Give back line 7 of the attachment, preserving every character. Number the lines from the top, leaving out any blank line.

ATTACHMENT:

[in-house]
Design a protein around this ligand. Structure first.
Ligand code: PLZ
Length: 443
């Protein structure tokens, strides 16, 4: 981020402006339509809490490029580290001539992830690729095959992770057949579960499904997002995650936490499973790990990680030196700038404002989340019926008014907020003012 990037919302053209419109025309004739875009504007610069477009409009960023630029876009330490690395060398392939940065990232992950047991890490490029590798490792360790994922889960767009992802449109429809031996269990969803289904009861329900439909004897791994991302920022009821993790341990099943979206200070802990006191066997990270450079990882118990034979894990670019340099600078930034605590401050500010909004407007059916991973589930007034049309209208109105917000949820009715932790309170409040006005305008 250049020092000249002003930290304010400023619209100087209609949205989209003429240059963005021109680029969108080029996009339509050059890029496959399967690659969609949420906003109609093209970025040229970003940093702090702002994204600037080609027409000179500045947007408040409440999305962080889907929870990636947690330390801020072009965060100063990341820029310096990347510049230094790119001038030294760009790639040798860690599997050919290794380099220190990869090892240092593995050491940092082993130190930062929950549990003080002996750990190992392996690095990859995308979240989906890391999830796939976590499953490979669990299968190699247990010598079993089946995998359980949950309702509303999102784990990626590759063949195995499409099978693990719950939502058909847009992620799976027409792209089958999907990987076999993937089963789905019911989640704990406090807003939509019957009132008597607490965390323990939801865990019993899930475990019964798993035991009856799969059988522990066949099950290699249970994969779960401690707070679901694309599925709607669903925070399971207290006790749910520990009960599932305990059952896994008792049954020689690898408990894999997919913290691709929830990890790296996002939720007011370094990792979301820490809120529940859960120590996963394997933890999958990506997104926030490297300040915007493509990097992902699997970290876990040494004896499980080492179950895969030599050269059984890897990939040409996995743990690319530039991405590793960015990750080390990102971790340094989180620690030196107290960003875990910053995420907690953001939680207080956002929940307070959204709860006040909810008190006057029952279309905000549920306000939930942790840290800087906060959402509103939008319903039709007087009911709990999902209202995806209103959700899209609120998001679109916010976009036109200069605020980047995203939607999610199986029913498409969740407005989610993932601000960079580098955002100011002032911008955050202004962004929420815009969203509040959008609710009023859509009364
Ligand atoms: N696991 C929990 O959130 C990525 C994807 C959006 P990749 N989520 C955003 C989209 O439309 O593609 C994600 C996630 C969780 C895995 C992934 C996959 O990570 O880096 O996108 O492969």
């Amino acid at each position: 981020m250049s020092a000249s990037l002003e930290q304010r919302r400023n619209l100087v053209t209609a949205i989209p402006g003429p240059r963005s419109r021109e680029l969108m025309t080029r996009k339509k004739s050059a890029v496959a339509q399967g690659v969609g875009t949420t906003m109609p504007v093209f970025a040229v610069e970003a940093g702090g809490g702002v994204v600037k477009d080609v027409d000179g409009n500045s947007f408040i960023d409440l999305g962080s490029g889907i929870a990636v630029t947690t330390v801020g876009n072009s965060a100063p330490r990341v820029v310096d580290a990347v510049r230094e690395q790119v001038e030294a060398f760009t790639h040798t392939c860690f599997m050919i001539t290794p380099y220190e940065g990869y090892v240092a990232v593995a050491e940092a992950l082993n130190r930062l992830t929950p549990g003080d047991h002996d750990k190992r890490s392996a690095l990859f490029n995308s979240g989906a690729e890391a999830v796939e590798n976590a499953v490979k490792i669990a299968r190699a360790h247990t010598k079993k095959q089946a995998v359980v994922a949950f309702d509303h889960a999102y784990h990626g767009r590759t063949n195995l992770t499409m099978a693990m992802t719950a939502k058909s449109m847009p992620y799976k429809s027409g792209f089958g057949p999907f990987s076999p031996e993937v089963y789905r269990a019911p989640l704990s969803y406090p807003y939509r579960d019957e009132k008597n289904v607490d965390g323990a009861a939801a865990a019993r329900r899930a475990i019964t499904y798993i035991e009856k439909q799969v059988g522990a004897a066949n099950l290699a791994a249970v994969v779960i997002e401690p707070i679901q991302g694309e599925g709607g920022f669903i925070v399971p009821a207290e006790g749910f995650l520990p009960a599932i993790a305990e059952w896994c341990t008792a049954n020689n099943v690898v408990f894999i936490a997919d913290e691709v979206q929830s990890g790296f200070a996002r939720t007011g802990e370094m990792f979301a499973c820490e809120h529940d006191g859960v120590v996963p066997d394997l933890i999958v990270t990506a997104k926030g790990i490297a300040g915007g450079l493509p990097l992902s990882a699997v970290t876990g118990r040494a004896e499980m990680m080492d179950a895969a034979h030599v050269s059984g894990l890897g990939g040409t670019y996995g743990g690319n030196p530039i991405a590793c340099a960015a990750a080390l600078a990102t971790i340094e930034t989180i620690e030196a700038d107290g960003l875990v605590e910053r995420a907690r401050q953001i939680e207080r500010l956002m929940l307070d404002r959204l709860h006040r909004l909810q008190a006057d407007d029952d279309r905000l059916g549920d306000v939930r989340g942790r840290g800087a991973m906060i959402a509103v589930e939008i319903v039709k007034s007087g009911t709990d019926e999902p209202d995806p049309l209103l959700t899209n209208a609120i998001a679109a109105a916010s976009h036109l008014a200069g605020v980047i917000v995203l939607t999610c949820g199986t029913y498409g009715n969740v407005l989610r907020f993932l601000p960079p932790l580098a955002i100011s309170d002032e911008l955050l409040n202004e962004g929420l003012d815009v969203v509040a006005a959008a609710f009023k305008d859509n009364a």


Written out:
């Amino acid at each position: 981020m250049s020092a000249s990037l002003e930290q304010r919302r400023n619209l100087v053209t209609a949205i989209p402006g003429p240059r963005s419109r021109e680029l969108m025309t080029r996009k339509k004739s050059a890029v496959a339509q399967g690659v969609g875009t949420t906003m109609p504007v093209f970025a040229v610069e970003a940093g702090g809490g702002v994204v600037k477009d080609v027409d000179g409009n500045s947007f408040i960023d409440l999305g962080s490029g889907i929870a990636v630029t947690t330390v801020g876009n072009s965060a100063p330490r990341v820029v310096d580290a990347v510049r230094e690395q790119v001038e030294a060398f760009t790639h040798t392939c860690f599997m050919i001539t290794p380099y220190e940065g990869y090892v240092a990232v593995a050491e940092a992950l082993n130190r930062l992830t929950p549990g003080d047991h002996d750990k190992r890490s392996a690095l990859f490029n995308s979240g989906a690729e890391a999830v796939e590798n976590a499953v490979k490792i669990a299968r190699a360790h247990t010598k079993k095959q089946a995998v359980v994922a949950f309702d509303h889960a999102y784990h990626g767009r590759t063949n195995l992770t499409m099978a693990m992802t719950a939502k058909s449109m847009p992620y799976k429809s027409g792209f089958g057949p999907f990987s076999p031996e993937v089963y789905r269990a019911p989640l704990s969803y406090p807003y939509r579960d019957e009132k008597n289904v607490d965390g323990a009861a939801a865990a019993r329900r899930a475990i019964t499904y798993i035991e009856k439909q799969v059988g522990a004897a066949n099950l290699a791994a249970v994969v779960i997002e401690p707070i679901q991302g694309e599925g709607g920022f669903i925070v399971p009821a207290e006790g749910f995650l520990p009960a599932i993790a305990e059952w896994c341990t008792a049954n020689n099943v690898v408990f894999i936490a997919d913290e691709v979206q929830s990890g790296f200070a996002r939720t007011g802990e370094m990792f979301a499973c820490e809120h529940d006191g859960v120590v996963p066997d394997l933890i999958v990270t990506a997104k926030g790990i490297a300040g915007g450079l493509p990097l992902s990882a699997v970290t876990g118990r040494a004896e499980m990680m080492d179950a895969a034979h030599v050269s059984g894990l890897g990939g040409t670019y996995g743990g690319n030196p530039i991405a590793c340099a960015a990750a080390l600078a990102t971790i340094e930034t989180i620690e030196a700038d107290g960003l875990v605590e910053r995420a907690r401050q953001i939680e207080r500010l956002m929940l307070d404002r959204l709860h006040r909004l909810q008190a006057d407007d029952d279309r905000l059916g549920d306000v939930r989340g942790r840290g800087a991973m906060i959402a509103v589930e939008i319903v039709k007034s007087g009911t709990d019926e999902p209202d995806p049309l209103l959700t899209n209208a609120i998001a679109a109105a916010s976009h036109l008014a200069g605020v980047i917000v995203l939607t999610c949820g199986t029913y498409g009715n969740v407005l989610r907020f993932l601000p960079p932790l580098a955002i100011s309170d002032e911008l955050l409040n202004e962004g929420l003012d815009v969203v509040a006005a959008a609710f009023k305008d859509n009364a």